CARS WE SEE AROUND HERE – TOYOTA SUPRA

December 14th, 2021

We do wonder, looking at the original Supra from 1981, whether someone at Toyota wasn’t just a bit too fond of the Japanese mecha cartooning style and decided to produce a car with similar super robotic attributes.

This A60 model was the second version of the Supra and the first to be sold in Australia. The car was based on an RA40 series Celica but with a 2.8-litre engine replacing the 2.0-litre four, pumped out wheel arches covering supersized tyres and a spoiler behind the rear hatch.

Standard A60 Supras made 108kW but that could be increased to around 200kW. In such form the cars competed in rallying with some success before the international rally world was overwhelmed by all-wheel drive.

They could also be made into a competent circuit racing contender; one car in the British Touring Car championship managing several Top Five event finishes when driven by former World Motorcycling Champion Barry Sheene.

A complete engineering and aesthetic rethink greeted the Generation Three Supra that arrived here in 1986. Designated MA70, this version used Cressida underpinnings topped by a stylish two-door body. The basic engine was 3.0 litres with fuel injection but a turbocharged version with 172kW was optional.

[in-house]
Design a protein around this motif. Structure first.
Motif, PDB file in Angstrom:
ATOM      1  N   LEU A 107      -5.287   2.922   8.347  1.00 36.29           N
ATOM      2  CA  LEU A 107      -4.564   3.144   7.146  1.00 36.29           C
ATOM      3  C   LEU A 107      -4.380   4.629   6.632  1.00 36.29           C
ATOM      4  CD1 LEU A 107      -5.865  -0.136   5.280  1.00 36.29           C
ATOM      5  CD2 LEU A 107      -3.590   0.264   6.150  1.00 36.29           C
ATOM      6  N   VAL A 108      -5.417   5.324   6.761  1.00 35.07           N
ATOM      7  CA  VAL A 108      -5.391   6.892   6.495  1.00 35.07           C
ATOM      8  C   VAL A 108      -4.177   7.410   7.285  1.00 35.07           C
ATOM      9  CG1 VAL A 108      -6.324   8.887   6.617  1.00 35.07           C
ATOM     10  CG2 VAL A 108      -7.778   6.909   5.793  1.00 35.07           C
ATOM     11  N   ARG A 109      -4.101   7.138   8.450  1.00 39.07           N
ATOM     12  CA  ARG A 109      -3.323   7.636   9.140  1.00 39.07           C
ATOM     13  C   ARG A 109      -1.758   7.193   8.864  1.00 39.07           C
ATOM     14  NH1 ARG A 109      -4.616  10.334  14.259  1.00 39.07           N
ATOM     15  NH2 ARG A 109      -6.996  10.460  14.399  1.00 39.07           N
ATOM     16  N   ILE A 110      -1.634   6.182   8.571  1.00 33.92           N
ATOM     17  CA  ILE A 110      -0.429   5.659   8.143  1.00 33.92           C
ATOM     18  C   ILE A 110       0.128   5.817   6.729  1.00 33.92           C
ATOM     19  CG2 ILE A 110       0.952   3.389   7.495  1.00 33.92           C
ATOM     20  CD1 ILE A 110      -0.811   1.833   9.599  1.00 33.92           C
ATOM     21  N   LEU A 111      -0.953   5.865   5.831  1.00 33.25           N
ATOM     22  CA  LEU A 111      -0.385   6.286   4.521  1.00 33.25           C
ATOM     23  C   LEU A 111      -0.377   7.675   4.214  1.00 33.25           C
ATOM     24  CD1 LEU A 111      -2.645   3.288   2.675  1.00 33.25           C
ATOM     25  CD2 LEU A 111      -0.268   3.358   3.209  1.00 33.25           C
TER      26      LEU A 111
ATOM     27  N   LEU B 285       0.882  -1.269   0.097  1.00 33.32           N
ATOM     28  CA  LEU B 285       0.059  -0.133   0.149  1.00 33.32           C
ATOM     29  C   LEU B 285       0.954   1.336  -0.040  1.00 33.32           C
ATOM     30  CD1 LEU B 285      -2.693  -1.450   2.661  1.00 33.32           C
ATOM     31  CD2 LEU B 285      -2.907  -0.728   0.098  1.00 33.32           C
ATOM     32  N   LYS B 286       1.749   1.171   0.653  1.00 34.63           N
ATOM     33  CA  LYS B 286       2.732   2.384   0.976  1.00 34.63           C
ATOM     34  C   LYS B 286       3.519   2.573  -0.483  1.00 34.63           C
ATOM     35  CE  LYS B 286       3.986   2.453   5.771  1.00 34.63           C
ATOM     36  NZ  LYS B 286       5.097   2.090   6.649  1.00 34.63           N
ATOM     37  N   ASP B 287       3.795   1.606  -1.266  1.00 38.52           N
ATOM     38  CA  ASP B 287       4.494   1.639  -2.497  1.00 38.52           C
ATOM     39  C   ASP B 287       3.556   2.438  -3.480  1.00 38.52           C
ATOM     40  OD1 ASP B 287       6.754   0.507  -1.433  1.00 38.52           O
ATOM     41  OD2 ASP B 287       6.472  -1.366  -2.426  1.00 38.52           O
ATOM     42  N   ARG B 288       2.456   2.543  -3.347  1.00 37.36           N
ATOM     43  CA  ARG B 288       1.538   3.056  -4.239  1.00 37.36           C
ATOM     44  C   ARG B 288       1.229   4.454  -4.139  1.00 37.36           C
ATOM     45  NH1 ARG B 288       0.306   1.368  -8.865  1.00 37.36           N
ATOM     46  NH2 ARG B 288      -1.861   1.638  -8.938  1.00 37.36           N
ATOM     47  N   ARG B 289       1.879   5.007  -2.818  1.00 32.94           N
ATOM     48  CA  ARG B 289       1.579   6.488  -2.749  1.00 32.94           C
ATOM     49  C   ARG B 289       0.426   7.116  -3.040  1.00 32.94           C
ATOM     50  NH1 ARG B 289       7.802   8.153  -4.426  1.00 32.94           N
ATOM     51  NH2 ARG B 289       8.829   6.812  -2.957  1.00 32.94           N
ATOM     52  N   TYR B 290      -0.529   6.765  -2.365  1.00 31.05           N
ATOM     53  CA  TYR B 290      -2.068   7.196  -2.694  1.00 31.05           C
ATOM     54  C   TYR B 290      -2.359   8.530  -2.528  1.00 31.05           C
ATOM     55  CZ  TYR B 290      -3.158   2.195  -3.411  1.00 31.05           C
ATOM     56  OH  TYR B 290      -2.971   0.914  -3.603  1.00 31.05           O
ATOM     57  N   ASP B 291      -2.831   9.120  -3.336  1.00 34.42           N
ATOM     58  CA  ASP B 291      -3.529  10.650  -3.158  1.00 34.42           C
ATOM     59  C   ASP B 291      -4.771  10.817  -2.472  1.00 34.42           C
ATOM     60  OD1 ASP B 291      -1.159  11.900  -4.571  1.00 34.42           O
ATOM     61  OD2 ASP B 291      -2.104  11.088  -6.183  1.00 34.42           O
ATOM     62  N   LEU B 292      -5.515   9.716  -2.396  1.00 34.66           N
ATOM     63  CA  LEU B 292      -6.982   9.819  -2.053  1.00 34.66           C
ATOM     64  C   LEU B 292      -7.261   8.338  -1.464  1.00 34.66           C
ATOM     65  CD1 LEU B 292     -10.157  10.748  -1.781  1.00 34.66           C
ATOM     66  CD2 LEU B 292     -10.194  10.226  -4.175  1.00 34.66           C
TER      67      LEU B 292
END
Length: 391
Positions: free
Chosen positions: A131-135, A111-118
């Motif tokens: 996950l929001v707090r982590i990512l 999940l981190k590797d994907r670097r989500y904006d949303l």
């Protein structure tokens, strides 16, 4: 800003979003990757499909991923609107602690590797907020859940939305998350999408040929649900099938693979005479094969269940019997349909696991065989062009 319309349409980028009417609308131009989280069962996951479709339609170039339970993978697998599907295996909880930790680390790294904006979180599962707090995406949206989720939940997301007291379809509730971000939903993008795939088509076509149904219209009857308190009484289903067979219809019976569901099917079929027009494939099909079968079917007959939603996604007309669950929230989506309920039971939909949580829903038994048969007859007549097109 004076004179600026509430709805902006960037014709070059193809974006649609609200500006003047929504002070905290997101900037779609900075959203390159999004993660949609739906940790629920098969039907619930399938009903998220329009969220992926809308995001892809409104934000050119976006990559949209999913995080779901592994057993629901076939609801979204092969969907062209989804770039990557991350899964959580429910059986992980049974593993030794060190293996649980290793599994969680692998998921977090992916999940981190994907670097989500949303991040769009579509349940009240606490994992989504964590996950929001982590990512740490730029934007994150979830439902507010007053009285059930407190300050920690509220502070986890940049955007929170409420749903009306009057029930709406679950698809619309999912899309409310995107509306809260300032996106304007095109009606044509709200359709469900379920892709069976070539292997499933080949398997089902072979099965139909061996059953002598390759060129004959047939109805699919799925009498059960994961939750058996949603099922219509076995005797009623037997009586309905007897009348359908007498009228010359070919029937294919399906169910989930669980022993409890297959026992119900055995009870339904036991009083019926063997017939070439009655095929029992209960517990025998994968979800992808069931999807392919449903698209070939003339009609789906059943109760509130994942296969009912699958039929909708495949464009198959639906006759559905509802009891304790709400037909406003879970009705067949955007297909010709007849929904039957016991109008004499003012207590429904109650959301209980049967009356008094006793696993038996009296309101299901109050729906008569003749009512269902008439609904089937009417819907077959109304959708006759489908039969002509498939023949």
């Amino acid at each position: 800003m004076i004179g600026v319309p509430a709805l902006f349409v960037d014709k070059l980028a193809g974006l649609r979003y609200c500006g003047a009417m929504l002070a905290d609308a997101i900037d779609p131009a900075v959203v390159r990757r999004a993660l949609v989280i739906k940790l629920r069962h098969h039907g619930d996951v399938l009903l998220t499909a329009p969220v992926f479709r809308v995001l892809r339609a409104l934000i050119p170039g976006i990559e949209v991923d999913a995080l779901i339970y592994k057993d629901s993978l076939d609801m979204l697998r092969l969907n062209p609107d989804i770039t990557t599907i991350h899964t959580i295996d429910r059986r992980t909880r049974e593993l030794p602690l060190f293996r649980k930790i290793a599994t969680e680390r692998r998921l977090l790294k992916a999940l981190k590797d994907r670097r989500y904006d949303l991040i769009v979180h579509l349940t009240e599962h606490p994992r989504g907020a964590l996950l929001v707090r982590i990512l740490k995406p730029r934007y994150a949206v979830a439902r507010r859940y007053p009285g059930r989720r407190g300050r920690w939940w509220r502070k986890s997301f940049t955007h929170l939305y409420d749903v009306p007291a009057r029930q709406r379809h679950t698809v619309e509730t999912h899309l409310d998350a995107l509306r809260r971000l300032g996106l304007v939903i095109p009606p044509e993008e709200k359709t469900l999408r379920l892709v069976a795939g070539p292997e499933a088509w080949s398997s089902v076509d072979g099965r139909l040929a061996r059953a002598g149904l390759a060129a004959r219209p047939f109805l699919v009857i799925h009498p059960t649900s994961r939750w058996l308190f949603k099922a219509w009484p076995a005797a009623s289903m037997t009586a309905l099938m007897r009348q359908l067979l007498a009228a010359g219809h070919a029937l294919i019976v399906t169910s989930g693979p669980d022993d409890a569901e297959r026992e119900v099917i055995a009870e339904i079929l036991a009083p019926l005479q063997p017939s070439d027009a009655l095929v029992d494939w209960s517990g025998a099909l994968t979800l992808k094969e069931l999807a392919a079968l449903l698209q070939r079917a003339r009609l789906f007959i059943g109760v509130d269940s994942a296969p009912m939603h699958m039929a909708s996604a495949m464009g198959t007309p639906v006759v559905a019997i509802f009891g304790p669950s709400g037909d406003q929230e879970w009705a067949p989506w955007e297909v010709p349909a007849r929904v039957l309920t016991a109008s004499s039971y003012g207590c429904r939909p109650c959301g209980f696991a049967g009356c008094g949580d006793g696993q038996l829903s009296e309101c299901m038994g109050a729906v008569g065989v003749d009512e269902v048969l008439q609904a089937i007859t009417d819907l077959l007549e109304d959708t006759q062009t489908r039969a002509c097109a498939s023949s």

No longer a back-street café racer with nasty handling habits, the new Supra was promoted as executive transport for those in the market for a Nissan 300ZX or even BMW and did well at its new task.

However, there still were people keen to race Supras, especially in Australia where Group E Production Car racing saw turbo versions of the MA70 Supra, Nissan 300ZX and Mazda RX7 stage some enthralling battles.

Australia didn’t even see the next generation of Supra – well not via official Toyota channels anyway. The completely revamped SZ (3.0-litre non-turbo) and RZ (3.0-litre twin turbo) cars were launched onto the Japanese market in 1993 and started appearing on Australian roads as Low Volume Imports just a few years later.

Performance even from the 168kW non-turbo version was just fine but in twin-turbo form the RZ Supra offered rocket ship acceleration with a best 0-100km/h time recorded by a factory specification car of 4.6 seconds.

The latest GR model which appeared in 2019 shares its architecture and major mechanical components with BMW’s Z4 coupe, including 2.0 and 3.0-litre turbocharged engines.

In Australia, the new Supra currently costs around $100,000 and has been credited with stimulating so much interest in 25-year-old RZ models that some of those cars now sell for more money than a new one.

If you own or want to buy any kind of Supra and intend for it to travel minimal distances each year, then consult Enthusiast Insurance about premiums that reward limited vehicle use.

Enthusiast Insurance is available online and 24 hours per day, every day. To compare Enthusiast’s rates and coverage for your vehicle, or one you are considering, log into www.enthusiast.com.au and select Quick Quote.

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